Monday, 19 September 2005
Marie and I are moved in to our lovely new gaff, the internet is up and running, England won the Ashes and Eric Hall is my neighbour!
Since we last spoke, I also completed a run of Bouncers at the Palace Theatre in Southend-on-Sea which was delightful (apart from one night where we had a drunk heckler who tried to kiss one of my co-actors) as on our last night I made a man fall out of his seat with laughter!
Today I am off again on tour to the lovely northern town of Barnsley, as always, touring will make blogging light but if I find an internet connection in one of the cities I'm acting in I'll be sure to drop by and keep you informed.
Sunday, 11 September 2005
Whilst AOL sort out the transfer of my broadband I'll be out of action but have no fear, I will return with fresh political insights, excellent pictures of people with mental health issues and reports on the success of the tour of Bouncers.
Can I also take the opportunity to apologise to the people of Boston who turned out to be our best audience so far. Your mother may also be your wife and wear a dress made out of leaves but you appreciate good theatre!
See you on the other side where we'll party like it's 1995!
Friday, 9 September 2005
Unfortunately I'm not in Boston, MA but rather Boston, Lincolnshire (which gave Boston, MA its name, which is weird considering how cool Boston, MA is and how shitty its namesake is) where I am performing this evening. I thought I'd knock out a quick post to keep you abreast of the fun I've been having, sweating and acting in Northampton, Blackburn and Rhyl. We seem to be determined to leave no stone unturned in the entire United Kingdom.
As you may remember, I've performed in Boston before and things haven't changed although the volume of in-bred gypsy people with webbed feet and three fingers on each hand seems to have been replaced by refugees from Eastern Europe who smell funny.
God I hate Lincolnshire.
On a cheerful tip we've sold out like we keep selling out everywhere. I don't know what it is about a play about doormen set in the 80s but folks seem to love it and there's nothing better than playing to a full house.
I'm moving out of my house in Camberwell on Monday which will be both stressful and wonderful as it marks the beginning of me and Marie living together, obviously posting will be light as I'll have no internet connection for a while.
Better go, the internet cafe owner is looking at the clock and I may have overstayed my welcome.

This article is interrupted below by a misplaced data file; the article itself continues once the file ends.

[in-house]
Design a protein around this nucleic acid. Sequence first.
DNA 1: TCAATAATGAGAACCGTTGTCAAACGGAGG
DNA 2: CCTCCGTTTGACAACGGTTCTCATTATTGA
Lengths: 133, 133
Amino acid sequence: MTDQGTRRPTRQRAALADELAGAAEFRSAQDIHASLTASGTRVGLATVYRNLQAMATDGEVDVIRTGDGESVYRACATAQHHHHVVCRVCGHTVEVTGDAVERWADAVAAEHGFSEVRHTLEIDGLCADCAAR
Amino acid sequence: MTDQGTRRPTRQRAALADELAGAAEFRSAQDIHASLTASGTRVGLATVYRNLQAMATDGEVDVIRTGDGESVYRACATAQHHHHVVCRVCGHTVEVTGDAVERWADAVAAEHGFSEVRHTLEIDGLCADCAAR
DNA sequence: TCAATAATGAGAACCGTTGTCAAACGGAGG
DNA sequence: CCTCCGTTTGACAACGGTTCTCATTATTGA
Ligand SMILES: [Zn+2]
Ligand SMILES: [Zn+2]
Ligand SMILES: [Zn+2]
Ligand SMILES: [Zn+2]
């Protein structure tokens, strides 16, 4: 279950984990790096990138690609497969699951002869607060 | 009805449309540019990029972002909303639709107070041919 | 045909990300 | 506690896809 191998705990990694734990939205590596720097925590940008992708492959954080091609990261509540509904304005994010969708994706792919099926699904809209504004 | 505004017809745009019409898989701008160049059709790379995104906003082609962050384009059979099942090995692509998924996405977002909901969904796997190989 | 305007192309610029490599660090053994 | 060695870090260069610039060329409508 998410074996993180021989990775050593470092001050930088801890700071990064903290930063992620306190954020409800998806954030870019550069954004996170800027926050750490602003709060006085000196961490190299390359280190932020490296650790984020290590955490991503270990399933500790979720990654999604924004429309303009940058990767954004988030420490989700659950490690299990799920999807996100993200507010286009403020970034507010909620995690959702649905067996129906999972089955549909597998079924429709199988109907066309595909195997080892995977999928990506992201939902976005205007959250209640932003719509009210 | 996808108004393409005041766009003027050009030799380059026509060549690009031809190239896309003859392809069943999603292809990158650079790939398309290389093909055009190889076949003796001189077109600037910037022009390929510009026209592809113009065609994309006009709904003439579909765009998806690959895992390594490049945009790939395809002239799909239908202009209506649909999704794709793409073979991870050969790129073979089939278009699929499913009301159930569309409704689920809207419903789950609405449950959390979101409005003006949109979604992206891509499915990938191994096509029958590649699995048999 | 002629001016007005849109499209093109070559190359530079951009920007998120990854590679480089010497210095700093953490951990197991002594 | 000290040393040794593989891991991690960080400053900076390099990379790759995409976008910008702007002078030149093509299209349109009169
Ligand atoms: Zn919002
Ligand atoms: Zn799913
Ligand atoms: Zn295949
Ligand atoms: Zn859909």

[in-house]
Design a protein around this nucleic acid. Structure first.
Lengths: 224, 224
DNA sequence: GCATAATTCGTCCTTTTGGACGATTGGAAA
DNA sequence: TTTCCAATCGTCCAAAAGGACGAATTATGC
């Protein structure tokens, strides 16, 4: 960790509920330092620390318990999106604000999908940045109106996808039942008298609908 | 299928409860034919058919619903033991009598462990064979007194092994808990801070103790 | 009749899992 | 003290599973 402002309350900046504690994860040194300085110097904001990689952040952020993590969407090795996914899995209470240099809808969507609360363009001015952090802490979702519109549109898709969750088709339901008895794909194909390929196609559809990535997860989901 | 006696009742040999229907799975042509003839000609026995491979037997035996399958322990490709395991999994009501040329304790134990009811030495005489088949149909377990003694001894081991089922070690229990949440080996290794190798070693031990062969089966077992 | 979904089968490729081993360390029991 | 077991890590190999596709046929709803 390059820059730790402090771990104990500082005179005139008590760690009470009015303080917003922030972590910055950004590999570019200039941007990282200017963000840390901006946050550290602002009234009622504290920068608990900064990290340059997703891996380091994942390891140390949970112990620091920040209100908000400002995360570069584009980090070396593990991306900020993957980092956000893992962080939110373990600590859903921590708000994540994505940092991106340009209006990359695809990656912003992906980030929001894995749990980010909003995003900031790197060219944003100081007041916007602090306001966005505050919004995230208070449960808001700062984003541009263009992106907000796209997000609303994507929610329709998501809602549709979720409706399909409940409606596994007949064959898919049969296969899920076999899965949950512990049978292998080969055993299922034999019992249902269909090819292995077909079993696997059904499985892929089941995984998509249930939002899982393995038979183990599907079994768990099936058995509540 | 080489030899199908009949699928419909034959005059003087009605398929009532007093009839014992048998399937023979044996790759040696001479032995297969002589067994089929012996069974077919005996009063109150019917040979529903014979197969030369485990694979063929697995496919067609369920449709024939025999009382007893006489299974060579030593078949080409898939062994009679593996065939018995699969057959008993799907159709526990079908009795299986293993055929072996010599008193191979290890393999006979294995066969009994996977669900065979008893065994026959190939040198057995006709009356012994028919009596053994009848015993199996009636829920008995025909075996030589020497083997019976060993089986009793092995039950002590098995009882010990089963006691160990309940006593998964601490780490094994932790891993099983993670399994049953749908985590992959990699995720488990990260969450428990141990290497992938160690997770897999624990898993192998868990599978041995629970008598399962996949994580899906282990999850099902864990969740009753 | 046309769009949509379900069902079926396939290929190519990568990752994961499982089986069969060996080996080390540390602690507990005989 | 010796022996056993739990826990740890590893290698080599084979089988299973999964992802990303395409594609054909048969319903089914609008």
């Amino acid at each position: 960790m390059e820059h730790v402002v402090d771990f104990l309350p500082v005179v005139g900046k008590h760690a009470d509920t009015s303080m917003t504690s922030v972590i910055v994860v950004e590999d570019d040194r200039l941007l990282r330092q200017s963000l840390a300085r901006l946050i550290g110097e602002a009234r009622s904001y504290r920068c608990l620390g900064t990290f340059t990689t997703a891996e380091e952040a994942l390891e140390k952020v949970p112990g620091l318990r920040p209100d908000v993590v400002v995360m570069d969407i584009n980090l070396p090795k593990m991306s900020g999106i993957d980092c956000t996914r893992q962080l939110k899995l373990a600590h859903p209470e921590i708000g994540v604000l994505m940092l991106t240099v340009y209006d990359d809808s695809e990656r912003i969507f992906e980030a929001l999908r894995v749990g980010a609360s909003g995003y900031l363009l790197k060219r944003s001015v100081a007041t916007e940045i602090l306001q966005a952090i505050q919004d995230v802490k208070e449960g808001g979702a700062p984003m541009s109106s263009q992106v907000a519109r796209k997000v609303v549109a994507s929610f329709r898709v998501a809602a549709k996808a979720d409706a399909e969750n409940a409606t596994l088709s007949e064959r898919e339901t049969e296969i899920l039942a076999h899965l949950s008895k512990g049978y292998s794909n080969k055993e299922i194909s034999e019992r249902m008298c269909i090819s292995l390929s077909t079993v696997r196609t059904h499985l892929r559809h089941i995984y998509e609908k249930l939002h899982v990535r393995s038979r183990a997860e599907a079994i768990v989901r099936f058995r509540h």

Have I told you how much I hate Lincolnshire?
Tuesday, 6 September 2005
I saw some couples exchange spit and gropes and saw tenderness in held hands and tiny glances. I saw a girl with red hair and she smiled at me and I smiled back and all I could think of was your fucking smile and how a life without you is not a life at all and my eyes start to burn and I look up to the stars again and you're there and I feel you and the tears roll as the sounds from my ipod fill me with widescreen passion and I understand what it means to be in love and what it means to want to be with another human forever.
Side by side. You and me. Forever.
The girl with the red hair looks at me crying, the salt water cruising down my danieldot and she breaks into a confused smile and turns to read the bus timetable.
I keep looking at the sky, feeling like I'm in a movie, the one where the guy gets the girl and lives happily ever after.
Forever yours my love.
Monday, 5 September 2005
Can I also ask you to spare a thought for President Bush who cut his vacation short by two whole days as thousands of his citizens down south wandered or swam around in the sweltering heat, with no food, no water, no homes, no way to get out. What a guy! Having said that he barely seemed to understand there was a hurricane for the first three days. He was in Coronado, outside San Diego playing a guitar, and in his speech he managed to mention New Orleans, by saying that people should not return to their homes until rescue crews could do their work. Nobody had to be told not to return to their homes because they don't have homes to return to.
After a false start, when he showed up on the fifth day of a national tragedy making little humorous asides about the times he was in New Orleans celebrating too much (but if he tried to walk fifty yards he could have tripped over somebody's dead black grandmother under a blanket), Bush began acting very Presidential. Which, via his grimaces, resembled a bad bout of constipation. He'd flown over the disaster area (at a comfy 5,000 feet, being photographed frowning and concerned, gazing out the window, as he saw bugger all) and was going to actually show up by the weekend at the scene...sort of...New Orleans was considered too dangerous still, so he opted for Mobile and Biloxi with a New Orleans aerial tour.
To quote BBC journalist Matt Wells: "The only difference between the chaos of New Orleans and a Third World disaster operation...was that a foreign dictator would have responded better. It has been a profoundly shocking experience for many across this vast country who, for the large part, believe the home-spun myth about the invulnerability of the American Dream." He goes on to say that: "The uneasy paradox which so many live with in this country - of being first-and-foremost rugged individuals, out to plunder what they can and paying as little tax as they can get away with, while at the same time believing that America is a robust, model society - has reached a crisis point this week."